Ian Livingstone – EI10 Interview

Posted on by Phil Harris
Ian Livingstone - EI10 Interview

Ian Livingstone (OBE) is one of those fundamental figureheads in the industry having started Games Workshop in 1975 and then going on to create the Fighting Fantasy gamebooks with Steve Jackson, which are now being adapted for the iPhone

In the mid 80’s he joined Domark creating their first release Eureka! In 1984 and as time went on Domark was acquired by Eidos, themselves recently becoming part of the Square-Enix publishing house.

Now, in his role as Life President of Square-Enix Europe, we caught up with him at the Edinburgh Interactive Festival and got a chance to ask him how the transition from Eidos to Square-Enix had gone.

“It’s been a great partnership so far”, Ian told us, “It’s been a seamless integration and there hasn’t been any domination by Square-Enix wanting us to do certain things. The outsider might think they wanted to take our Intellectual Property (IP), move it to Tokyo and develop our content there but absolutely the opposite is the case.”

“They bought Eidos because of the development talents within the studios, the content, the portfolio of IP and the ability to understand a Western market from a developer and production point of view. So it’s been fantastic so far and I really respect the heads at Square-Enix in Tokyo in what they’ve achieved in a short time with this seamless integration.”

With the new Lara Croft title having a substantially different feel we were interested in how Ian felt about this latest incarnation.

“If you look at the reviews they’ve been amazing and Crystal Dynamics have done a great job. The puzzles in the game are wonderful. The fact that you can play single player or Co-op with another player, a first in the Tomb Raider series which has previously been a solitary experience, gave us some reservations, or worries perhaps, about what would happen if you introduced another character; in case people only wanted to play Lara. In the end in transpired that everyone is really happy to play co-operatively with Lara or as Lara.”

“The new look, with the pulled back camera and a given forced perspective gives the player a great experience. Running through the environment you see a lot more, you can prepare yourself a lot more and solve the puzzles together. So, yes, it’s a fantastic adventure and well done to Crystal Dynamics.”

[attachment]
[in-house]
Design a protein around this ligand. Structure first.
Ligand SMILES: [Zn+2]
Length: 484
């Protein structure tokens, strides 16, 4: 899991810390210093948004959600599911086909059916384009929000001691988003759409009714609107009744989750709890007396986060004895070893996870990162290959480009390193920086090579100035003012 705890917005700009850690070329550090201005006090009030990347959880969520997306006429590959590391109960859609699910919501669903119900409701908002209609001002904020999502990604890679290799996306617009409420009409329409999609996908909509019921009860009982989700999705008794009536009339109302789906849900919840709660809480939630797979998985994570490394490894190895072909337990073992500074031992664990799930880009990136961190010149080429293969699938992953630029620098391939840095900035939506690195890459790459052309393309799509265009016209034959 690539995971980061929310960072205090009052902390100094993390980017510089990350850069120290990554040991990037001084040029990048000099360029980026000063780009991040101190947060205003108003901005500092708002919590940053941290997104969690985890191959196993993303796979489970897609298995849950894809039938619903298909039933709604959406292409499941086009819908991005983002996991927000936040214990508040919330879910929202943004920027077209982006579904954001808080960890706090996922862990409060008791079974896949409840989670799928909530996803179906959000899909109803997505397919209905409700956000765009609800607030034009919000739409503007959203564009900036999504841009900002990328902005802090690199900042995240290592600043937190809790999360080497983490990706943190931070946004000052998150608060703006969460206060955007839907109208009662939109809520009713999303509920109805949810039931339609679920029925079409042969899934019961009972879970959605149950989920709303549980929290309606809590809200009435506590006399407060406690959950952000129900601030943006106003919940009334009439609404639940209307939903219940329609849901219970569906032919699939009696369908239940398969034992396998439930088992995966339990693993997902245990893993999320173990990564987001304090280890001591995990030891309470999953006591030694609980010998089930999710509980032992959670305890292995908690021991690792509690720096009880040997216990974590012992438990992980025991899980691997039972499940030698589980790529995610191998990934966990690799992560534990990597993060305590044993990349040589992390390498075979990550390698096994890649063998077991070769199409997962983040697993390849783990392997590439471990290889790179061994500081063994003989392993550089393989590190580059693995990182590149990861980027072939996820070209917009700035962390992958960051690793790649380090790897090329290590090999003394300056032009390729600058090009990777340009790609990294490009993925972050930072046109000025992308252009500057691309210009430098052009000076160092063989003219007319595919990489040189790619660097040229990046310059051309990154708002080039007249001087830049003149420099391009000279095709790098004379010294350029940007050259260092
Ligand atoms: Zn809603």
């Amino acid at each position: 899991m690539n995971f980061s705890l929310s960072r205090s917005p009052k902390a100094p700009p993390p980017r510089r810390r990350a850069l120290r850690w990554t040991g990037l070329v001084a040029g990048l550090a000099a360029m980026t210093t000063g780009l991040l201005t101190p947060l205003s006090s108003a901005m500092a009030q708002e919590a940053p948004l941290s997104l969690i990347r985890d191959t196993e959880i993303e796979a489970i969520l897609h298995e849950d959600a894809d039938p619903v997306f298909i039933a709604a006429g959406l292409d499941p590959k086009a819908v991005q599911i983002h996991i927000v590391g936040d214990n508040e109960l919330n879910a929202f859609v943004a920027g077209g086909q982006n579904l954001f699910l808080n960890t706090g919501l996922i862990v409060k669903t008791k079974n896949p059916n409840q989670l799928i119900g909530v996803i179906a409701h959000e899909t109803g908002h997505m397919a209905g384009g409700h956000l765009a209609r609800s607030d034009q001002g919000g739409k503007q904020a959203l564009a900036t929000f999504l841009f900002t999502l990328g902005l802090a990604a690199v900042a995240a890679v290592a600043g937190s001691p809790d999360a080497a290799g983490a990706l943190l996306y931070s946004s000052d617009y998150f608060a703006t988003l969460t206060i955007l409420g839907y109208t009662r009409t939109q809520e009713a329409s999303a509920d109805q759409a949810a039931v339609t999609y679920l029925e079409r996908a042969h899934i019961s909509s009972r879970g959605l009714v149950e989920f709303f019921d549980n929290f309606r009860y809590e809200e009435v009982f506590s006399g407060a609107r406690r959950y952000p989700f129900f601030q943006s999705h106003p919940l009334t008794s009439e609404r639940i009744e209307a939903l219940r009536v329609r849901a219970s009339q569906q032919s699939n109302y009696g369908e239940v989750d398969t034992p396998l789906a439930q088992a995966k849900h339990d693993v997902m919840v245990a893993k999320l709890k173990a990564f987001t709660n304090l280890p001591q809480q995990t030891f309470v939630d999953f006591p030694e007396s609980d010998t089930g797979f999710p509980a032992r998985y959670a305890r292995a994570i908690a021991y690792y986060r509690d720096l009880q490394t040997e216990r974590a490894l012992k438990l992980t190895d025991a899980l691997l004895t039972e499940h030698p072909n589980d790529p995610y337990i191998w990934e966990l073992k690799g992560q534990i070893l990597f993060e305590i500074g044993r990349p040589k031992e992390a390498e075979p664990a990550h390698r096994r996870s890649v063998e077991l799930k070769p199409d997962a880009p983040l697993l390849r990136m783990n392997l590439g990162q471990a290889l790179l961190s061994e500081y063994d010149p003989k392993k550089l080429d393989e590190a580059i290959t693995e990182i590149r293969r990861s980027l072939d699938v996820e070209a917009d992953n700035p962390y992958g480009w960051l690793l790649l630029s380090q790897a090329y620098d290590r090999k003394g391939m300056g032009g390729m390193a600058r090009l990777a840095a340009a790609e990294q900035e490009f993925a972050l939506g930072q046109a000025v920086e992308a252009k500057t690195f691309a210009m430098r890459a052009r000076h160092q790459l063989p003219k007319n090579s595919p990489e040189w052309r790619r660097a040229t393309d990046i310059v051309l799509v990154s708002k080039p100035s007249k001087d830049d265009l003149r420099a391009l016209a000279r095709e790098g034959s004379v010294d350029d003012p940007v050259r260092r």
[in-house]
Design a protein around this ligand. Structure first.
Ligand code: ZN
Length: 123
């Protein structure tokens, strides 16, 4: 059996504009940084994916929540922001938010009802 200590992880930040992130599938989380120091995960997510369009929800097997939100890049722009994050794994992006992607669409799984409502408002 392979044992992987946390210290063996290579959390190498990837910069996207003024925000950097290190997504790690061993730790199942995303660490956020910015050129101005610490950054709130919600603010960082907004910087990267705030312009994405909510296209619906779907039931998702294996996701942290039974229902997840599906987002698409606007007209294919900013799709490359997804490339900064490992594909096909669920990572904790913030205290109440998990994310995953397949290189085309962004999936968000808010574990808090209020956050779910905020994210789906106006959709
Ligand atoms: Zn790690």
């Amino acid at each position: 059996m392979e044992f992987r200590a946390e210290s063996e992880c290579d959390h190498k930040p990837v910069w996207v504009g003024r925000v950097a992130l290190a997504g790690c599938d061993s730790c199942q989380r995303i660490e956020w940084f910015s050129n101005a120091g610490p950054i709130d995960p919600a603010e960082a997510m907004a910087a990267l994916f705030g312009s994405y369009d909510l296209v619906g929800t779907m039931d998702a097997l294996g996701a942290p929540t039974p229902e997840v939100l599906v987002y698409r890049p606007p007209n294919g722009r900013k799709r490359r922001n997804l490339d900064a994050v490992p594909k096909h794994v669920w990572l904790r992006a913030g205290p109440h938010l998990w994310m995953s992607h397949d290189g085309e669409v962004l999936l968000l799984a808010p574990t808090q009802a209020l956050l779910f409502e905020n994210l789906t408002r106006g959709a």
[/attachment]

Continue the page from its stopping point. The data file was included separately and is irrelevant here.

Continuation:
Ian made the transition from games to videogames quite easily and we wanted to know what had made him decide to take this step.

Ian said, “Well I saw it coming ever since Sir Clive Sinclair launched the ZX Spectrum. I thought wow this is something that can get our content into the digital age. I bought a Commodore Pet and was playing some very basic games and enjoying them and we actually sold some very early computer game in Games Workshop outlets.”

“The digital space really intrigued me and I wanted to get into it which is one of the reasons why Steve and I sold out of Games Workshop finally in 1991 and I invested in Domark which metamorphosed into Eidos in 1995.”

So what does a Life President of Square-Enix Europe do with his day, we wondered, and Ian was happy to explain his role further.

“I’m in exactly the place I want to be at the moment. They’ve given me this Life President role which means that I am effectively and ambassador for the company, for Eidos and Square-Enix but within both I am still very much involved in the development of games.”

“I sit on our green light committee which approves or doesn’t approve games in development or which might be coming into development. We consider resurrecting IP’s such as Thief and Deus Ex to get them reborn, those are both really exciting. I go round our studios and give them the benefit of my wisdom over 35 years in the games industry whether they take it or not from this old geezer [laughs]. It’s up to them. So from those points I’m very much involved.”

“Outward facing I do a lot of public speaking, lectures and government lobbying, I’ve been appointed, by Ed Vaizey, as the Skills Champion to do a review of the videogames industry. We’re looking at getting this published, probably earlier next year. It’s going to be a complete bottom up review of the whole education system relating to games. Not just at university level but also at schools. To get games recognised as a viable career option, as so many teachers and parents don’t see this.”

Ian was obviously impassioned in his belief in this report and the outcomes it could bring. He explained further why parents and teachers often didn’t see the possibilities.

“They don’t even see the benefits of learning through play. They don’t even see that we should be teaching kids programming at school, not just learning about Information Technology through various Microsoft packages like PowerPoint and Word, we want them to program. Then we can push at higher education so students can demand that certain courses are there for them, such as computer programming, maths, art and animation so it ends up spitting out graduates that can go straight into industry and start up tomorrow, with the hard skills necessary to make the games rather than the philosophy of knowing about games.”

“It’s being led by NESTA and Skills Set and I’m overseeing the whole thing. It’s going to be a mammoth piece of work but hopefully we will end up with a real, purposeful document that won’t just be stuck on a shelf and forgotten about but will represent a handbook for change.”

We’d like to thank Ian for taking the time to talk to us and wish him all the best at Square-Enix and with his role as Skills Champion, developing that report.


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